See, the greatest irony was this: Stelle and Dahlia got on perfectly, and, to the untrained eye, were hard to tell apart. Yet they were also entirely unalike, right down to their scent. Stelle’s skin was oily, while Dahlia’s was dry. Dahlia loved sweet pastries for breakfast, while Stelle could only face toast. Stelle loved romance, while Dahlia loved murder mysteries. Stelle was all about dark red lipstick, yet Dahlia was a pastel girl, all pink and metallic plum.
And here, with Dahlia’s right-hand breast in her palm, shielded only by a slender layer of satin, Stelle felt that their breasts were different, too. Though Dahlia’s skin was tight, her breasts were soft and malleable, while Stelle’s were hard and high. Oh, how good Dahlia’s felt—oh, how wrong, so wrong. What if their dad could look down and disapprove? The frisson shot deep into her sex. Well, fuck it! She’d been raised as a thief. As her father had so often said, rules were for breaking.
Stelle kept on groping her sister’s breast, more hungrily now, savoring the swell of it, the surprising weight in her hand. God, Stelle could have rutted Dahlia right there, slipping her knee between her sister’s and fucking the backs of her thighs. If only they could use separate beds, the temptation wouldn’t be here—but they couldn’t. They weren’t twins—not really. They were only one woman—a woman who was never seen in public with an identical woman—a twin woman—because that would risk the secret. And the secret was everything.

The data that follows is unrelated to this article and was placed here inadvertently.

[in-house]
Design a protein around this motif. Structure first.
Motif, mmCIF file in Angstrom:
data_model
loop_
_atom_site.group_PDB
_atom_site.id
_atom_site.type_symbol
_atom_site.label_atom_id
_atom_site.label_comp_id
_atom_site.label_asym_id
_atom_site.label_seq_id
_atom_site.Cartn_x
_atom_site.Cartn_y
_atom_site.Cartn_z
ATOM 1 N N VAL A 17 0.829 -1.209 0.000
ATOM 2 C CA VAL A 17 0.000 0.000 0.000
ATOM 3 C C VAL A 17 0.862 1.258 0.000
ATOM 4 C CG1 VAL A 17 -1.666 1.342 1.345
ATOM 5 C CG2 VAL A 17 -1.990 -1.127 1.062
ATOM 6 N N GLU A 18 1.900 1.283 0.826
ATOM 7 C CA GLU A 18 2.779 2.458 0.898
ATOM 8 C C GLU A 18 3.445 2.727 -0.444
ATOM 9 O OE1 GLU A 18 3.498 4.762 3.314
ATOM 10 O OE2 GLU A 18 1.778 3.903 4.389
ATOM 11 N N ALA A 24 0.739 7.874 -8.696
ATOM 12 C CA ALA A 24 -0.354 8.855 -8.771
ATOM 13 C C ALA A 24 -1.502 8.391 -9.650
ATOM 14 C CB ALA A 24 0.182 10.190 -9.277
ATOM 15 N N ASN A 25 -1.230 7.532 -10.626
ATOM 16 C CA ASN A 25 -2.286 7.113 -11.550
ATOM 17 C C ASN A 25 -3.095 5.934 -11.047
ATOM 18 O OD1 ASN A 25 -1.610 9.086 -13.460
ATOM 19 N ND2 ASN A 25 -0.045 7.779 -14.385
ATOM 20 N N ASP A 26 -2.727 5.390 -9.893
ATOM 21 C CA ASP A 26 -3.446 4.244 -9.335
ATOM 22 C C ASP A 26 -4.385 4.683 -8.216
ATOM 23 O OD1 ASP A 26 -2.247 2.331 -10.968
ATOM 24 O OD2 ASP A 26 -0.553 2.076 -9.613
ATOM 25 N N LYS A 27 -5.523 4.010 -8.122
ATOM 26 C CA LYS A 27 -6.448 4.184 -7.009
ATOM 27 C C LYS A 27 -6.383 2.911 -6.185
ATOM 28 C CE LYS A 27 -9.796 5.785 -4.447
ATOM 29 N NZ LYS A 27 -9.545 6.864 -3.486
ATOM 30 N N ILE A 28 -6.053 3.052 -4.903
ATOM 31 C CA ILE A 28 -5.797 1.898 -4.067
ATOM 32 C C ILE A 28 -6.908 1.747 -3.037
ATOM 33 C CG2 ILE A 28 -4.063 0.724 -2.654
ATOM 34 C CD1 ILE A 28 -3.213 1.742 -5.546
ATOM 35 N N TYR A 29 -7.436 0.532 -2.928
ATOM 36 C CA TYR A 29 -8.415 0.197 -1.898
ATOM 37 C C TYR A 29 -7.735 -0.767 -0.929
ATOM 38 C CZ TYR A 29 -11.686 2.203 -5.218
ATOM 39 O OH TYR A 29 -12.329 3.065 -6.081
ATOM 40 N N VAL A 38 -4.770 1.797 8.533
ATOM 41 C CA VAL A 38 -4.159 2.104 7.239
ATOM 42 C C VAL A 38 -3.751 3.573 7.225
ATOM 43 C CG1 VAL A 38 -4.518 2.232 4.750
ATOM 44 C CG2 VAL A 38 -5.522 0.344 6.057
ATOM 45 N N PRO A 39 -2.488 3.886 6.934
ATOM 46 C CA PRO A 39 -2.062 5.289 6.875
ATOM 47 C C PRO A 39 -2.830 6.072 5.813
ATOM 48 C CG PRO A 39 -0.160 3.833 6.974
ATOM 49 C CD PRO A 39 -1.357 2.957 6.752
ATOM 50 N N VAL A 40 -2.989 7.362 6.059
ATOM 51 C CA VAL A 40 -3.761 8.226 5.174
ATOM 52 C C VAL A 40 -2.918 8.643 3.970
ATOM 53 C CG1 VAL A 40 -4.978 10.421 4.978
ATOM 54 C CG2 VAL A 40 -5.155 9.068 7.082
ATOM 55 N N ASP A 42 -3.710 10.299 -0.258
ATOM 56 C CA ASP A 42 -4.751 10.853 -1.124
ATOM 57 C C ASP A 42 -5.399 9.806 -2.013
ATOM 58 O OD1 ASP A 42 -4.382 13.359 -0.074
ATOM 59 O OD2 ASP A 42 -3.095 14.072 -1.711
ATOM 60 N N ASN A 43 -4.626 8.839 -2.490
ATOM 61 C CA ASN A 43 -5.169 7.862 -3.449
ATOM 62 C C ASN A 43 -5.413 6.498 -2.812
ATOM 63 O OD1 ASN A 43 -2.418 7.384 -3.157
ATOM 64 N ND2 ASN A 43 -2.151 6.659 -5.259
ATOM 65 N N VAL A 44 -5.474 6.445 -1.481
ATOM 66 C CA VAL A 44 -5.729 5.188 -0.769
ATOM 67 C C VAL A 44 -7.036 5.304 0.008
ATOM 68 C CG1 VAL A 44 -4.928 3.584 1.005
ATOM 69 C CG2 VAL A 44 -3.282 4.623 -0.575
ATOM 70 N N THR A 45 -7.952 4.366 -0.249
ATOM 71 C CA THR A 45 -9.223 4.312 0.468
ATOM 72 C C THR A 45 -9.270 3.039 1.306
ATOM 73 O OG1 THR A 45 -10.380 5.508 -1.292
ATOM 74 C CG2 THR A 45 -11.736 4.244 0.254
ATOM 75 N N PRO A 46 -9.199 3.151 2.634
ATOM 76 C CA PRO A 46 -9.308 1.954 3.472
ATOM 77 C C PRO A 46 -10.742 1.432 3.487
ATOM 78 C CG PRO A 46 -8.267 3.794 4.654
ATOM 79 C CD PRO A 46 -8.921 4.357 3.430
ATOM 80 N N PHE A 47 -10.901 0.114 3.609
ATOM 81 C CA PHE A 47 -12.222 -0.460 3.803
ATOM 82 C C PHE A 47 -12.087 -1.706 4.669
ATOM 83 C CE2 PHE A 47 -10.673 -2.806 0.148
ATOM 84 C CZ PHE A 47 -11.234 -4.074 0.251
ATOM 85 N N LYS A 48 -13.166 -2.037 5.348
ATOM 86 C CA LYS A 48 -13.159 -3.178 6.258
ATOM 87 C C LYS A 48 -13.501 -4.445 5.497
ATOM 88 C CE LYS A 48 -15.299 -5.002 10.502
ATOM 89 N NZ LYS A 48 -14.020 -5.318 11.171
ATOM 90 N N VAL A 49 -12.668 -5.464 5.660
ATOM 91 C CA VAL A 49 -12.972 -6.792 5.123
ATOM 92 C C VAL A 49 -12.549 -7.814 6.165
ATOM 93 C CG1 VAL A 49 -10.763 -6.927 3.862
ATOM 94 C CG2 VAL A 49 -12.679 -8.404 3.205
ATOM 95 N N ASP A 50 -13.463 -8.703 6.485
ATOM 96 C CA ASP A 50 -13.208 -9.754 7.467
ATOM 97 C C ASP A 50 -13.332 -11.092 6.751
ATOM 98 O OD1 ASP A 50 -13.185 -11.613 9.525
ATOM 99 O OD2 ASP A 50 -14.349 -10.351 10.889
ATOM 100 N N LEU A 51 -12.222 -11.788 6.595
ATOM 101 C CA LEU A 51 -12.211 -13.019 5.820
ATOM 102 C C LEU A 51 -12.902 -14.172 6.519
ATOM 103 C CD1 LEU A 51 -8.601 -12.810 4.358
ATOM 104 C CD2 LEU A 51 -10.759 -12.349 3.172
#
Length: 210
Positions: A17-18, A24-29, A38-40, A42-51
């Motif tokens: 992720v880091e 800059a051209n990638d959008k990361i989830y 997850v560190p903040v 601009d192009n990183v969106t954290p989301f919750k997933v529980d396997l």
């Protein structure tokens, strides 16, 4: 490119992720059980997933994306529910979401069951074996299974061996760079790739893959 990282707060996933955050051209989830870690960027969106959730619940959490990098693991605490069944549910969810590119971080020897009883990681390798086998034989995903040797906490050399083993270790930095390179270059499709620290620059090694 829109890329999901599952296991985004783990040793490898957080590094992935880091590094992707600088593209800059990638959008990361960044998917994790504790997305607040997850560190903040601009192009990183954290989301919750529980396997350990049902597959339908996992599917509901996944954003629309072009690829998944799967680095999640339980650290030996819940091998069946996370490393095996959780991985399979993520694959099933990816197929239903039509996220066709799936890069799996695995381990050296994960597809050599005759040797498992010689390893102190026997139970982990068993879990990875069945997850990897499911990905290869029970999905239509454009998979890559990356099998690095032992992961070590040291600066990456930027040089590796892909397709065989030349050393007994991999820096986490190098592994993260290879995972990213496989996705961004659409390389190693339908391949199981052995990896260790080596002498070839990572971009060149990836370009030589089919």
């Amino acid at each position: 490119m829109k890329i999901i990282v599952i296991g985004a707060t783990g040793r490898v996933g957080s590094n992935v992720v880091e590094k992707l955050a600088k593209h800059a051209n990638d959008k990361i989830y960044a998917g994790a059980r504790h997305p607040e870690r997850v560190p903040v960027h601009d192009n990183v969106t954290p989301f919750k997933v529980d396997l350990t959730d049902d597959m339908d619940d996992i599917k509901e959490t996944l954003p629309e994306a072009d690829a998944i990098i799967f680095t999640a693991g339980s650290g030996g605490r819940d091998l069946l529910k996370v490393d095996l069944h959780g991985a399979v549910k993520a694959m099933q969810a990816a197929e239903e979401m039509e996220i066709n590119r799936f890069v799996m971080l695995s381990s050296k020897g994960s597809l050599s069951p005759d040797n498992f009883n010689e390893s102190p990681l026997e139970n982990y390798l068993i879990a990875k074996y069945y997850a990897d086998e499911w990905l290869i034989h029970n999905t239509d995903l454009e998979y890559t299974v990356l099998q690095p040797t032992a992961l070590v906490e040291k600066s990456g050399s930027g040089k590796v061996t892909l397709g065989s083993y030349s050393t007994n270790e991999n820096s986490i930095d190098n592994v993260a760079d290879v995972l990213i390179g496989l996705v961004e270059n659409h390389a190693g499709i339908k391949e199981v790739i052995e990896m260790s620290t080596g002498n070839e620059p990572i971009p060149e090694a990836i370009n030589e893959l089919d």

Christ. Stelle was so damn horny, and they still had an hour before the alarm.
What if she could touch herself while she groped her sister? The thought made her pussy throb with need. Instead, she continued to stroke Dahlia’s hardening nipple—and the breast that surrounded it, so soft and warm—before stroking down her belly and the smooth slope of her thigh. Dahlia purred sleepily at that and grasped Stelle’s hand, pressing it onto her flesh. Astonished, Stelle wanted to whisper Dahlia’s name, just in case she was actually awake, but soon Dahlia’s sleepy sighs seemed to prove otherwise.